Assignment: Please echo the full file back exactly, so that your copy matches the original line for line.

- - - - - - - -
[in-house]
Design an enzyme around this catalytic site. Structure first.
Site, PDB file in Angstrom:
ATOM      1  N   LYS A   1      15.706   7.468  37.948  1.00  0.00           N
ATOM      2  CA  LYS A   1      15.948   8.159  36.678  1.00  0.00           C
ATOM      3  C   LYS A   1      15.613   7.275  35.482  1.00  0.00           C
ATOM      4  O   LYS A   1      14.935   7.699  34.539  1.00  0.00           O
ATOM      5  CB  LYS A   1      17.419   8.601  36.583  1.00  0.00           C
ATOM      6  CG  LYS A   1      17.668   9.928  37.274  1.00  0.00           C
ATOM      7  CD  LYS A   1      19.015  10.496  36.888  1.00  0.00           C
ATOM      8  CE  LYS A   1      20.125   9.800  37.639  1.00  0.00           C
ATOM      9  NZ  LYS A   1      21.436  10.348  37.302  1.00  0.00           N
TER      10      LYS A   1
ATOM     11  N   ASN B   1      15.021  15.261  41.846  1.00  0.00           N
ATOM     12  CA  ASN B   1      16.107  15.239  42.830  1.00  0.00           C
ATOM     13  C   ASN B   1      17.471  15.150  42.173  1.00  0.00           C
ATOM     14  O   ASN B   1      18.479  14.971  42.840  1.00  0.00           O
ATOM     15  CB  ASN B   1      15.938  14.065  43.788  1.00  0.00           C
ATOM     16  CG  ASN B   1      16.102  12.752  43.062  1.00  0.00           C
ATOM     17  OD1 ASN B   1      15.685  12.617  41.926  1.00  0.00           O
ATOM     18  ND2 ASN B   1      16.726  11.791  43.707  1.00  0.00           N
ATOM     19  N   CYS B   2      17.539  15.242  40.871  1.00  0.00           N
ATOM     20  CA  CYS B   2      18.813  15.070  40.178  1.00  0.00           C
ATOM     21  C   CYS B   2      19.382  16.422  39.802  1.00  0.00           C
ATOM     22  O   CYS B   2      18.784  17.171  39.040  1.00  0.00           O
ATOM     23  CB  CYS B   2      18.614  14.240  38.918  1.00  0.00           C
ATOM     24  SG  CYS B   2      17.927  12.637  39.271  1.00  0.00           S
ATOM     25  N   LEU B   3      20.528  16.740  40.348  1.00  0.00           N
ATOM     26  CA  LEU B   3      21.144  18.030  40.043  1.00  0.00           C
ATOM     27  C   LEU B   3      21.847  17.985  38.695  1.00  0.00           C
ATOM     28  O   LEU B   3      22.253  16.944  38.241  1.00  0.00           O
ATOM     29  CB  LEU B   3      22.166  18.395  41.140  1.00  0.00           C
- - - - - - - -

[in-house]
Design an enzyme around this catalytic site. Structure first.
Site, PDB file in Angstrom:
ATOM      1  N   LYS A   1      15.706   7.468  37.948  1.00  0.00           N
ATOM      2  CA  LYS A   1      15.948   8.159  36.678  1.00  0.00           C
ATOM      3  C   LYS A   1      15.613   7.275  35.482  1.00  0.00           C
ATOM      4  O   LYS A   1      14.935   7.699  34.539  1.00  0.00           O
ATOM      5  CB  LYS A   1      17.419   8.601  36.583  1.00  0.00           C
ATOM      6  CG  LYS A   1      17.668   9.928  37.274  1.00  0.00           C
ATOM      7  CD  LYS A   1      19.015  10.496  36.888  1.00  0.00           C
ATOM      8  CE  LYS A   1      20.125   9.800  37.639  1.00  0.00           C
ATOM      9  NZ  LYS A   1      21.436  10.348  37.302  1.00  0.00           N
TER      10      LYS A   1
ATOM     11  N   ASN B   1      15.021  15.261  41.846  1.00  0.00           N
ATOM     12  CA  ASN B   1      16.107  15.239  42.830  1.00  0.00           C
ATOM     13  C   ASN B   1      17.471  15.150  42.173  1.00  0.00           C
ATOM     14  O   ASN B   1      18.479  14.971  42.840  1.00  0.00           O
ATOM     15  CB  ASN B   1      15.938  14.065  43.788  1.00  0.00           C
ATOM     16  CG  ASN B   1      16.102  12.752  43.062  1.00  0.00           C
ATOM     17  OD1 ASN B   1      15.685  12.617  41.926  1.00  0.00           O
ATOM     18  ND2 ASN B   1      16.726  11.791  43.707  1.00  0.00           N
ATOM     19  N   CYS B   2      17.539  15.242  40.871  1.00  0.00           N
ATOM     20  CA  CYS B   2      18.813  15.070  40.178  1.00  0.00           C
ATOM     21  C   CYS B   2      19.382  16.422  39.802  1.00  0.00           C
ATOM     22  O   CYS B   2      18.784  17.171  39.040  1.00  0.00           O
ATOM     23  CB  CYS B   2      18.614  14.240  38.918  1.00  0.00           C
ATOM     24  SG  CYS B   2      17.927  12.637  39.271  1.00  0.00           S
ATOM     25  N   LEU B   3      20.528  16.740  40.348  1.00  0.00           N
ATOM     26  CA  LEU B   3      21.144  18.030  40.043  1.00  0.00           C
ATOM     27  C   LEU B   3      21.847  17.985  38.695  1.00  0.00           C
ATOM     28  O   LEU B   3      22.253  16.944  38.241  1.00  0.00           O
ATOM     29  CB  LEU B   3      22.166  18.395  41.140  1.00  0.00           C